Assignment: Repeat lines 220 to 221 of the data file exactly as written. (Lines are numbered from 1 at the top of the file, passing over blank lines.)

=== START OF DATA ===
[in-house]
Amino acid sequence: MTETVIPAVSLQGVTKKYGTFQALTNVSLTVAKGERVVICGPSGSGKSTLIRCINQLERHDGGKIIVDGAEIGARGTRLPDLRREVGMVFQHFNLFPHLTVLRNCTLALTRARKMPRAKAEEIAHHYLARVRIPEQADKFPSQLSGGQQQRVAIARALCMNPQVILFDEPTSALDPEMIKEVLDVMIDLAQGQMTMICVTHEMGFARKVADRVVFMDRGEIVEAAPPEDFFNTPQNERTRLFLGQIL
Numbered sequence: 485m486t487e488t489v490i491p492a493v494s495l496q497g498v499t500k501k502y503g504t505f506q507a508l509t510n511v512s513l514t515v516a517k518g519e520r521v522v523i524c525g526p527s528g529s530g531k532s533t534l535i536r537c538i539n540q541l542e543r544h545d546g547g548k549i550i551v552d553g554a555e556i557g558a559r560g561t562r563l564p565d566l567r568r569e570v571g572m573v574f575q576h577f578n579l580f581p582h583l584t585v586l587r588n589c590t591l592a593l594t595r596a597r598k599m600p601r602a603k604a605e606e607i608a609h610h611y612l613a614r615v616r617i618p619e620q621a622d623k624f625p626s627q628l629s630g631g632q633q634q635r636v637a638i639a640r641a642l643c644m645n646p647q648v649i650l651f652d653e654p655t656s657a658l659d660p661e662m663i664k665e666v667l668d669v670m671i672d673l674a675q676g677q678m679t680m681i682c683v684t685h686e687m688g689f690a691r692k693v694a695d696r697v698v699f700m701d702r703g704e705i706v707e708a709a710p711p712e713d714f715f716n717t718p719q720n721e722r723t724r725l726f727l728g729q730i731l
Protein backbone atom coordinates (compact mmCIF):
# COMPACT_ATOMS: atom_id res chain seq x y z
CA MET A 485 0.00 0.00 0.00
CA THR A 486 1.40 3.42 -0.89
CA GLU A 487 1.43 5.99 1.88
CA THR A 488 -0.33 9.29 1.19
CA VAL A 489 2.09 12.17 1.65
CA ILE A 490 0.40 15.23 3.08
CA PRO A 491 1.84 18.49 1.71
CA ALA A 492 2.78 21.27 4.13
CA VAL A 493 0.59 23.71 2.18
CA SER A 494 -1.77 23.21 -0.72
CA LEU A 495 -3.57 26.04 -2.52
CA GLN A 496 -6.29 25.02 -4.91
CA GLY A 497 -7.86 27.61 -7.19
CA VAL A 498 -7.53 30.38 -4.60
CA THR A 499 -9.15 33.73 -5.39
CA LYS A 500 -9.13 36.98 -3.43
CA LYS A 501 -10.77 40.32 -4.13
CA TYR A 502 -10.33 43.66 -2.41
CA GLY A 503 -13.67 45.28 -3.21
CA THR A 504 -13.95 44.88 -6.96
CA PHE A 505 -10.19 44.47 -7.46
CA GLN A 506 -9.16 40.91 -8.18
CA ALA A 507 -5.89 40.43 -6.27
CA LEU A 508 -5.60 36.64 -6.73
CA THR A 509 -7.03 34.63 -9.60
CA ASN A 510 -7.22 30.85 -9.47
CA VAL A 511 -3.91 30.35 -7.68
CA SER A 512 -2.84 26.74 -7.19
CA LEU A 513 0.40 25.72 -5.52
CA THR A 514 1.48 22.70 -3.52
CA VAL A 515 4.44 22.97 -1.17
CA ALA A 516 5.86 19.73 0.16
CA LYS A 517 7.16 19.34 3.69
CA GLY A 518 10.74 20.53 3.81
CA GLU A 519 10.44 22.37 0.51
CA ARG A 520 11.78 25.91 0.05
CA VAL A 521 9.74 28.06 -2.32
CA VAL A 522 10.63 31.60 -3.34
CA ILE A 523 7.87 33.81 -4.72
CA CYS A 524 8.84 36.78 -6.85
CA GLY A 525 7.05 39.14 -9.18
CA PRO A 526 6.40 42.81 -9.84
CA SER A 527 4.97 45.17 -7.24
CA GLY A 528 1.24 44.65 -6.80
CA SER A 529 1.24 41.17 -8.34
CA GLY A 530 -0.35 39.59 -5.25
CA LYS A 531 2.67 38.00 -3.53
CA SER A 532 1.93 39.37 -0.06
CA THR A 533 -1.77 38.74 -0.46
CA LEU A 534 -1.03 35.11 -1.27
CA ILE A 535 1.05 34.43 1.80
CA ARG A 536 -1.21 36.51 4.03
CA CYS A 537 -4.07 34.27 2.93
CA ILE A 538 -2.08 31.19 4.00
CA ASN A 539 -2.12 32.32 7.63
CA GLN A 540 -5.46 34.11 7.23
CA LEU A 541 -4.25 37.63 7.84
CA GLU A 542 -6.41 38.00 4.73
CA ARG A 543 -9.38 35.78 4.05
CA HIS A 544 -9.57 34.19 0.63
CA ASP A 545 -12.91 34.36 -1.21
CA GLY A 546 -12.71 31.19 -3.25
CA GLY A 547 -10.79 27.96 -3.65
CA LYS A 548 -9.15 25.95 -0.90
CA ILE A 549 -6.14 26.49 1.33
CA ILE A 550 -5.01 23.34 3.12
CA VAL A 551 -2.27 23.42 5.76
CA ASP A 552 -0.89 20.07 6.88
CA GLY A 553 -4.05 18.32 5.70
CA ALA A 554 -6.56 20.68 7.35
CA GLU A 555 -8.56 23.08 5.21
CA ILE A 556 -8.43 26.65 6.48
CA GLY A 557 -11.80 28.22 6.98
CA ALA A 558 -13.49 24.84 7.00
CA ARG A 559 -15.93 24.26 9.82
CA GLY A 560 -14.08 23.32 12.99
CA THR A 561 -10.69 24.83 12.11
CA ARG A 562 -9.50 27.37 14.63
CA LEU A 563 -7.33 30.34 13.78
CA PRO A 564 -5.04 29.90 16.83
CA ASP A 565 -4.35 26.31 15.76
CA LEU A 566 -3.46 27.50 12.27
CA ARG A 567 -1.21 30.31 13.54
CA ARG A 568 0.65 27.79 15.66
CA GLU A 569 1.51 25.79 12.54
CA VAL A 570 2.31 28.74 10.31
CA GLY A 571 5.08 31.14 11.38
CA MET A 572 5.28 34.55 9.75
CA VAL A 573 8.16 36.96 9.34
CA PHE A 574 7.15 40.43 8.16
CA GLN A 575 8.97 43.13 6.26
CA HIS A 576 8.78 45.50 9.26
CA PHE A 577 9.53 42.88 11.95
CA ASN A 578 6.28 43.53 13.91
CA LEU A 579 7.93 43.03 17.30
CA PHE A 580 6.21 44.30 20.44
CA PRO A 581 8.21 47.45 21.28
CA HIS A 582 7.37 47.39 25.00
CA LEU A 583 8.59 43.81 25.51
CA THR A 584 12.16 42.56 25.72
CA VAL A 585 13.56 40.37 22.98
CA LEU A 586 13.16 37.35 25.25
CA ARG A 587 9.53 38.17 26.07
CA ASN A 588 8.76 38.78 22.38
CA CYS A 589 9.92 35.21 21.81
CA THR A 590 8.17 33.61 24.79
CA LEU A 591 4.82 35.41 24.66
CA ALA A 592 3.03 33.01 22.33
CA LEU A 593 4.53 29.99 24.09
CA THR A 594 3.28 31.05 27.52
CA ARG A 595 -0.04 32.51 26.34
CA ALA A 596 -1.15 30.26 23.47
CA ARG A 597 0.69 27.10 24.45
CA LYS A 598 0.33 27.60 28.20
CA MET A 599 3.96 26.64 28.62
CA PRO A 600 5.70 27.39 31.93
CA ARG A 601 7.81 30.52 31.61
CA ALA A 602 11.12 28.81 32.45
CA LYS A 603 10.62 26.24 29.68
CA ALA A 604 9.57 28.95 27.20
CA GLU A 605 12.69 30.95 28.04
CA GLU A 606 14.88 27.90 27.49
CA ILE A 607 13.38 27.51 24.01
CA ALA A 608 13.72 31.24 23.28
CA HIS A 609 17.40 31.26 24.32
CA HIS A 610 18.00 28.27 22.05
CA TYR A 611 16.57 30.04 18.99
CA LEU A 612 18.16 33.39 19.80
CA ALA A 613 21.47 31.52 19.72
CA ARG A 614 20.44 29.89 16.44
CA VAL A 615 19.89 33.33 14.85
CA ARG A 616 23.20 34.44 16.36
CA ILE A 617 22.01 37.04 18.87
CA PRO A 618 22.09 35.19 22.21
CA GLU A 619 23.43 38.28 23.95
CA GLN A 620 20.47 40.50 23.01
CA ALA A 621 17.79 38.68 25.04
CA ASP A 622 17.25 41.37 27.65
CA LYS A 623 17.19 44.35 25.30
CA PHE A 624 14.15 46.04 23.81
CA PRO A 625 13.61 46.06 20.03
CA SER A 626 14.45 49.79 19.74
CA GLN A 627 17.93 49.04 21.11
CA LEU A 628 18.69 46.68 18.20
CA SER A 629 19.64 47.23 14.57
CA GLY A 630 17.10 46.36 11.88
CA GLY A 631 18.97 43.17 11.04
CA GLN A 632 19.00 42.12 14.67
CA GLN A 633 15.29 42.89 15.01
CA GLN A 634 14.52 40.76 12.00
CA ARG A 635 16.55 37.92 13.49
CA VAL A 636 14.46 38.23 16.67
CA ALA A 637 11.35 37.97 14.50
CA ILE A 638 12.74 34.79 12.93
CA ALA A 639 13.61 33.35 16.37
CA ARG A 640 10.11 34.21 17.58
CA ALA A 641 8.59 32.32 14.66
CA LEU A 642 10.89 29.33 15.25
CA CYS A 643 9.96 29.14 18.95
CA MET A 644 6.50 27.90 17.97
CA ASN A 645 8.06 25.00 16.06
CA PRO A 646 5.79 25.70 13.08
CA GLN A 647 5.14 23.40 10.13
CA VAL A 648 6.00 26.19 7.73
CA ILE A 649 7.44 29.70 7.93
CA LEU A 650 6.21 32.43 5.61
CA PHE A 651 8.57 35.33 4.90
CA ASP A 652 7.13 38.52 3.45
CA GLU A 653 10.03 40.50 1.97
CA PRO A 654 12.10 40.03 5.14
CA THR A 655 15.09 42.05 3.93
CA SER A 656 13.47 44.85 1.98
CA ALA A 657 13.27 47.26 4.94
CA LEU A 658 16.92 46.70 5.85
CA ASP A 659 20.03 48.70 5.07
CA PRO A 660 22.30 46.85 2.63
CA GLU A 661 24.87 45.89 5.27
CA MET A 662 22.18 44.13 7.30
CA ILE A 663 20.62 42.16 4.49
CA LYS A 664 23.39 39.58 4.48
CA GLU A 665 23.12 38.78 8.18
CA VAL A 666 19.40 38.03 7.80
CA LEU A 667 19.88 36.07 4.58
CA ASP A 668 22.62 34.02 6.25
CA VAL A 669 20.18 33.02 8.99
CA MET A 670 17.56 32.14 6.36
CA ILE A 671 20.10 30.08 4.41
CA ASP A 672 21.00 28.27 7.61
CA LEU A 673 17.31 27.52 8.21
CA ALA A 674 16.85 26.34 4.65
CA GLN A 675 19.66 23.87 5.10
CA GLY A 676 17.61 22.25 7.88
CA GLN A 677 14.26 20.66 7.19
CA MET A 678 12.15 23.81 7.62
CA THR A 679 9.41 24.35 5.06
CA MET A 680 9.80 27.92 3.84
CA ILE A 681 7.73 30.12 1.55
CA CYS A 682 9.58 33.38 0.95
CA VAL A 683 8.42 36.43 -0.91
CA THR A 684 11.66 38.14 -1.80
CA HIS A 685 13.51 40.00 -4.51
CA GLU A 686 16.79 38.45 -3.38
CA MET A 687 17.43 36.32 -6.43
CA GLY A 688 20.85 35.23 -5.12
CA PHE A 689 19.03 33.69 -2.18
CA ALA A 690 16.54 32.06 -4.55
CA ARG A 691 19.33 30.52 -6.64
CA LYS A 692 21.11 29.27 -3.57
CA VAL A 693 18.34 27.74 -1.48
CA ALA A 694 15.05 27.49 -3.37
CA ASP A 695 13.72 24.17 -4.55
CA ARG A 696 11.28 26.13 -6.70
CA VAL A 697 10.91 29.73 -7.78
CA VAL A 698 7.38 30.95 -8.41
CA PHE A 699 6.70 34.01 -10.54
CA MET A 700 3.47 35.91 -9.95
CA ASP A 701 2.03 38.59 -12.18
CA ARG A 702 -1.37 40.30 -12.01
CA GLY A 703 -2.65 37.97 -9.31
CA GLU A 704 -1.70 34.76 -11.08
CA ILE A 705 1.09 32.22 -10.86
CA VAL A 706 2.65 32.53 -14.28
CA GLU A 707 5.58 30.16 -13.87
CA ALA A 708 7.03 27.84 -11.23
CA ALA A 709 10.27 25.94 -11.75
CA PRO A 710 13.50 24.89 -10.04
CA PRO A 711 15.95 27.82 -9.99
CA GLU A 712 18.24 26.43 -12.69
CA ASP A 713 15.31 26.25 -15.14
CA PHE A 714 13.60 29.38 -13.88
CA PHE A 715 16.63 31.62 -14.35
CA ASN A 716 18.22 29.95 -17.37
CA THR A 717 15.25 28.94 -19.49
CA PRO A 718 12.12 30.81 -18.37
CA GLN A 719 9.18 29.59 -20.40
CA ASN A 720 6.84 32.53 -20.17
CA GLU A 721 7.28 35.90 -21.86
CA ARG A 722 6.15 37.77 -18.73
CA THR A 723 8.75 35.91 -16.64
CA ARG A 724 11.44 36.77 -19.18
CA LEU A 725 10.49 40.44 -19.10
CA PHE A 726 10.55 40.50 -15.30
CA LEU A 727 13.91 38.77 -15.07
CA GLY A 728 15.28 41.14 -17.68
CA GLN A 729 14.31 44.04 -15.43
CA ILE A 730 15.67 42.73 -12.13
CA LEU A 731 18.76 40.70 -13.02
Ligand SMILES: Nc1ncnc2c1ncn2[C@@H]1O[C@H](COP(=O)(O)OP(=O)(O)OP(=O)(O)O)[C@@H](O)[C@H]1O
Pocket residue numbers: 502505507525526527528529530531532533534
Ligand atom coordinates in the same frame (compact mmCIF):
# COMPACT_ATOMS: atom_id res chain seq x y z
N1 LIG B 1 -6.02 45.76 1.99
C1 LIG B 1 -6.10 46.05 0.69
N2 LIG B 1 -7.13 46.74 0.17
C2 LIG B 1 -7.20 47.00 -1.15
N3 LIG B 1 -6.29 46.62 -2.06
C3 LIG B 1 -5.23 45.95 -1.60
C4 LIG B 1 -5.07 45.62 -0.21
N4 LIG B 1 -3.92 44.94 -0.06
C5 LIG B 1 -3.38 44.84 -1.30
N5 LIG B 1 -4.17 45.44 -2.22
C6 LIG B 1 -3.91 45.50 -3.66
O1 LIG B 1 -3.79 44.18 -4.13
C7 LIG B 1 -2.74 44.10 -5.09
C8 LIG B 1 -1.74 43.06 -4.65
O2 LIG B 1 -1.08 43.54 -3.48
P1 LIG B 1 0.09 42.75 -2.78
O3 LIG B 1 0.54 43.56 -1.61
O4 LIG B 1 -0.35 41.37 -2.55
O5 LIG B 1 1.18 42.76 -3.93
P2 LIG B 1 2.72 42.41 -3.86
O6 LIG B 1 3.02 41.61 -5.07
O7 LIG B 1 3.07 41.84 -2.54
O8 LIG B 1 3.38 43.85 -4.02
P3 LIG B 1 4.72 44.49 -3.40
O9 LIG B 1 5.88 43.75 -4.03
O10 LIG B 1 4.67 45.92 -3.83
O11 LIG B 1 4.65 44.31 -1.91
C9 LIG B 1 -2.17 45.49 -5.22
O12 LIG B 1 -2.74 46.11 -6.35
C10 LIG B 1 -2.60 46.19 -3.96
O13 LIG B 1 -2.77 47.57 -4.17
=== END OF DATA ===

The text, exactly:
CA PHE A 699 6.70 34.01 -10.54
CA MET A 700 3.47 35.91 -9.95